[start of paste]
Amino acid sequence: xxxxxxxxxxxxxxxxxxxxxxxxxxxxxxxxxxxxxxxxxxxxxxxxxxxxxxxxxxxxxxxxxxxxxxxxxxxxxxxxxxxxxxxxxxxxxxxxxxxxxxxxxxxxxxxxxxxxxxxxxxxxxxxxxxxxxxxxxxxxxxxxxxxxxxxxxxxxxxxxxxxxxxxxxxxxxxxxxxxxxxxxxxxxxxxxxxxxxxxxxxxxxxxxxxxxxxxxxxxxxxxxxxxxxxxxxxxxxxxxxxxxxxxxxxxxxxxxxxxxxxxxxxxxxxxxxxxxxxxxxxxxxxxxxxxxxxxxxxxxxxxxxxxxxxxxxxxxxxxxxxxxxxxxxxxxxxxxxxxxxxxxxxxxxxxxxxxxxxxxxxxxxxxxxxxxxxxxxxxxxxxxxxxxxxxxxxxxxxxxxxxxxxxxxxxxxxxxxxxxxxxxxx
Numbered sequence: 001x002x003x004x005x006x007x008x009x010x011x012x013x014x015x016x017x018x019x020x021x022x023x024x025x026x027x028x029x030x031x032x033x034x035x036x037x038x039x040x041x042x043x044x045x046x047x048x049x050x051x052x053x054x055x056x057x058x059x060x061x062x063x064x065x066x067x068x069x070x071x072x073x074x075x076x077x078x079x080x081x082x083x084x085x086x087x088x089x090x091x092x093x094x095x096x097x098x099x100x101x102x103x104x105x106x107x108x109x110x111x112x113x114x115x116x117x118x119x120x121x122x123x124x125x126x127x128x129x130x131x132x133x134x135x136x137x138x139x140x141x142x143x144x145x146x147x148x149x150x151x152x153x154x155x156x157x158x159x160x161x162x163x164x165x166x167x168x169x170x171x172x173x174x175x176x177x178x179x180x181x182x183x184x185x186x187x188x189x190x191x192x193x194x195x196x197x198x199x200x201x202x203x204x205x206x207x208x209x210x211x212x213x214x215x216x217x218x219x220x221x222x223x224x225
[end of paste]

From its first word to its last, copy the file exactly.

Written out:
Amino acid sequence: xxxxxxxxxxxxxxxxxxxxxxxxxxxxxxxxxxxxxxxxxxxxxxxxxxxxxxxxxxxxxxxxxxxxxxxxxxxxxxxxxxxxxxxxxxxxxxxxxxxxxxxxxxxxxxxxxxxxxxxxxxxxxxxxxxxxxxxxxxxxxxxxxxxxxxxxxxxxxxxxxxxxxxxxxxxxxxxxxxxxxxxxxxxxxxxxxxxxxxxxxxxxxxxxxxxxxxxxxxxxxxxxxxxxxxxxxxxxxxxxxxxxxxxxxxxxxxxxxxxxxxxxxxxxxxxxxxxxxxxxxxxxxxxxxxxxxxxxxxxxxxxxxxxxxxxxxxxxxxxxxxxxxxxxxxxxxxxxxxxxxxxxxxxxxxxxxxxxxxxxxxxxxxxxxxxxxxxxxxxxxxxxxxxxxxxxxxxxxxxxxxxxxxxxxxxxxxxxxxxxxxxxxx
Numbered sequence: 001x002x003x004x005x006x007x008x009x010x011x012x013x014x015x016x017x018x019x020x021x022x023x024x025x026x027x028x029x030x031x032x033x034x035x036x037x038x039x040x041x042x043x044x045x046x047x048x049x050x051x052x053x054x055x056x057x058x059x060x061x062x063x064x065x066x067x068x069x070x071x072x073x074x075x076x077x078x079x080x081x082x083x084x085x086x087x088x089x090x091x092x093x094x095x096x097x098x099x100x101x102x103x104x105x106x107x108x109x110x111x112x113x114x115x116x117x118x119x120x121x122x123x124x125x126x127x128x129x130x131x132x133x134x135x136x137x138x139x140x141x142x143x144x145x146x147x148x149x150x151x152x153x154x155x156x157x158x159x160x161x162x163x164x165x166x167x168x169x170x171x172x173x174x175x176x177x178x179x180x181x182x183x184x185x186x187x188x189x190x191x192x193x194x195x196x197x198x199x200x201x202x203x204x205x206x207x208x209x210x211x212x213x214x215x216x217x218x219x220x221x222x223x224x225